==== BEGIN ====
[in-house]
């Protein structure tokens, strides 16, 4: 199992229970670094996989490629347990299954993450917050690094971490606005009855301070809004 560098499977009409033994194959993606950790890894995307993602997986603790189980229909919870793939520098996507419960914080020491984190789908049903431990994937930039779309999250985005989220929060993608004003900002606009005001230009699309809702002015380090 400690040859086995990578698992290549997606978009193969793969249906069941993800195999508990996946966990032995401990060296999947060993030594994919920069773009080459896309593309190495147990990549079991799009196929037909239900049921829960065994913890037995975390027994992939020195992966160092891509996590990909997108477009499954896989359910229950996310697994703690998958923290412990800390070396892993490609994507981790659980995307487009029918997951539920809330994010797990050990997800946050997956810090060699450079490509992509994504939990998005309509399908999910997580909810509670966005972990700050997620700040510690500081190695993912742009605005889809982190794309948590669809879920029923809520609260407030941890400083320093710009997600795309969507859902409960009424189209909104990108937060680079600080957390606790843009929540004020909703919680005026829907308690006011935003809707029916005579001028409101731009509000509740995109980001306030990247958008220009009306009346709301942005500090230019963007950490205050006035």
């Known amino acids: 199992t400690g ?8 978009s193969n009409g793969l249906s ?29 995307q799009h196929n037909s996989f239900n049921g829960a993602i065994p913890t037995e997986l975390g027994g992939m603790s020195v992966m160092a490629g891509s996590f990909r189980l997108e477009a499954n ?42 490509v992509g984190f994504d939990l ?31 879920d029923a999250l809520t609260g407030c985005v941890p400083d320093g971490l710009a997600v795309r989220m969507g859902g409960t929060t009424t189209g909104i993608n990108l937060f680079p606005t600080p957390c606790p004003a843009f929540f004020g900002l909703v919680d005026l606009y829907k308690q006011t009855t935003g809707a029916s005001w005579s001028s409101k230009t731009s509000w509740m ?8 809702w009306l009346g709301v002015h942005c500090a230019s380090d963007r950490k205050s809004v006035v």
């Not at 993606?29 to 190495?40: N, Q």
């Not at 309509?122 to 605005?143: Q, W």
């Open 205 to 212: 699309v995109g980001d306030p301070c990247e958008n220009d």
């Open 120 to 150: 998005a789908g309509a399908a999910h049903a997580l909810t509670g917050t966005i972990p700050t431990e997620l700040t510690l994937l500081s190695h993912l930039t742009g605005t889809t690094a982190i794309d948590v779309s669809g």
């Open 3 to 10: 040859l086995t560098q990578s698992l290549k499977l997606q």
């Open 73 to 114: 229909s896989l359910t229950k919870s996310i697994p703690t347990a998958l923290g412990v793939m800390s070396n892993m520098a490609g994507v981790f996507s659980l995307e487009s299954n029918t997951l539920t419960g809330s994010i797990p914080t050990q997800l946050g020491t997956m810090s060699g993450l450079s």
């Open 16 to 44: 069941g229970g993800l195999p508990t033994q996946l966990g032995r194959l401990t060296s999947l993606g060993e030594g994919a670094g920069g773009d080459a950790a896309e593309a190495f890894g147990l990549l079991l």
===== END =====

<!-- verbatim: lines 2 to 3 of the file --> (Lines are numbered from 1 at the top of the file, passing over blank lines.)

């Protein structure tokens, strides 16, 4: 199992229970670094996989490629347990299954993450917050690094971490606005009855301070809004 560098499977009409033994194959993606950790890894995307993602997986603790189980229909919870793939520098996507419960914080020491984190789908049903431990994937930039779309999250985005989220929060993608004003900002606009005001230009699309809702002015380090 400690040859086995990578698992290549997606978009193969793969249906069941993800195999508990996946966990032995401990060296999947060993030594994919920069773009080459896309593309190495147990990549079991799009196929037909239900049921829960065994913890037995975390027994992939020195992966160092891509996590990909997108477009499954896989359910229950996310697994703690998958923290412990800390070396892993490609994507981790659980995307487009029918997951539920809330994010797990050990997800946050997956810090060699450079490509992509994504939990998005309509399908999910997580909810509670966005972990700050997620700040510690500081190695993912742009605005889809982190794309948590669809879920029923809520609260407030941890400083320093710009997600795309969507859902409960009424189209909104990108937060680079600080957390606790843009929540004020909703919680005026829907308690006011935003809707029916005579001028409101731009509000509740995109980001306030990247958008220009009306009346709301942005500090230019963007950490205050006035």
């Known amino acids: 199992t400690g ?8 978009s193969n009409g793969l249906s ?29 995307q799009h196929n037909s996989f239900n049921g829960a993602i065994p913890t037995e997986l975390g027994g992939m603790s020195v992966m160092a490629g891509s996590f990909r189980l997108e477009a499954n ?42 490509v992509g984190f994504d939990l ?31 879920d029923a999250l809520t609260g407030c985005v941890p400083d320093g971490l710009a997600v795309r989220m969507g859902g409960t929060t009424t189209g909104i993608n990108l937060f680079p606005t600080p957390c606790p004003a843009f929540f004020g900002l909703v919680d005026l606009y829907k308690q006011t009855t935003g809707a029916s005001w005579s001028s409101k230009t731009s509000w509740m ?8 809702w009306l009346g709301v002015h942005c500090a230019s380090d963007r950490k205050s809004v006035v």